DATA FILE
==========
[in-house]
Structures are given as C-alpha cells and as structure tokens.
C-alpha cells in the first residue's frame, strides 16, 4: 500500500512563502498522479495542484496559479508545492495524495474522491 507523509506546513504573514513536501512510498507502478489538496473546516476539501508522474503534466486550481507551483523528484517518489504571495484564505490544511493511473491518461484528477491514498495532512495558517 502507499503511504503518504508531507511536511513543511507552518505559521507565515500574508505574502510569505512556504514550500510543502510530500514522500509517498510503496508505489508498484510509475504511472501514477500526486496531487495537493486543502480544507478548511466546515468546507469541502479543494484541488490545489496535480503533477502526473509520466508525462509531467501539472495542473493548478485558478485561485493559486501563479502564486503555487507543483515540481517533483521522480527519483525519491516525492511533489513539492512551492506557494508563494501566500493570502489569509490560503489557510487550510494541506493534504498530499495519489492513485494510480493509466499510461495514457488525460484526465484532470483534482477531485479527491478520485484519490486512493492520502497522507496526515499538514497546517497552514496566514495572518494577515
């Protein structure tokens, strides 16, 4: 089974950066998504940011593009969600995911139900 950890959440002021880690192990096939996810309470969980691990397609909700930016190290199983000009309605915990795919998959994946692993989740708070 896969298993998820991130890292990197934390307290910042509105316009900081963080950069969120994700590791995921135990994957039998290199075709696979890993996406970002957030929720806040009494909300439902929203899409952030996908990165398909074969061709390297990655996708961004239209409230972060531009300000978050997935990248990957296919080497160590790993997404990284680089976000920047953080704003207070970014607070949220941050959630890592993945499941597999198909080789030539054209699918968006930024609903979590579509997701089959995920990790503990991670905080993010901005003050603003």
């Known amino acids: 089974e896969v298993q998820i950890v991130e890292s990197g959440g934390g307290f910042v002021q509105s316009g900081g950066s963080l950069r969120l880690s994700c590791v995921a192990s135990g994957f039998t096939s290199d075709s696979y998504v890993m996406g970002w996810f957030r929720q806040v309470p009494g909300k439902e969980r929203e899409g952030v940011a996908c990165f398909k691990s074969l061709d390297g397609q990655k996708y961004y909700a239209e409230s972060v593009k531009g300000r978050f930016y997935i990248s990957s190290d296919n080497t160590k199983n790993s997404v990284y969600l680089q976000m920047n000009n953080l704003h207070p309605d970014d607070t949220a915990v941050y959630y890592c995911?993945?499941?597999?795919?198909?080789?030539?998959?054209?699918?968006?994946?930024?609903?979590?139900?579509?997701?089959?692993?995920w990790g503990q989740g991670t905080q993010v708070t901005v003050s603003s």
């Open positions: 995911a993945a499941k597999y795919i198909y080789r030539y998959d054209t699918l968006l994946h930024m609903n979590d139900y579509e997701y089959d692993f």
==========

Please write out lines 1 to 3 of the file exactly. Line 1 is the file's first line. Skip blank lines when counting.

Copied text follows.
[in-house]
Structures are given as C-alpha cells and as structure tokens.
C-alpha cells in the first residue's frame, strides 16, 4: 500500500512563502498522479495542484496559479508545492495524495474522491 507523509506546513504573514513536501512510498507502478489538496473546516476539501508522474503534466486550481507551483523528484517518489504571495484564505490544511493511473491518461484528477491514498495532512495558517 502507499503511504503518504508531507511536511513543511507552518505559521507565515500574508505574502510569505512556504514550500510543502510530500514522500509517498510503496508505489508498484510509475504511472501514477500526486496531487495537493486543502480544507478548511466546515468546507469541502479543494484541488490545489496535480503533477502526473509520466508525462509531467501539472495542473493548478485558478485561485493559486501563479502564486503555487507543483515540481517533483521522480527519483525519491516525492511533489513539492512551492506557494508563494501566500493570502489569509490560503489557510487550510494541506493534504498530499495519489492513485494510480493509466499510461495514457488525460484526465484532470483534482477531485479527491478520485484519490486512493492520502497522507496526515499538514497546517497552514496566514495572518494577515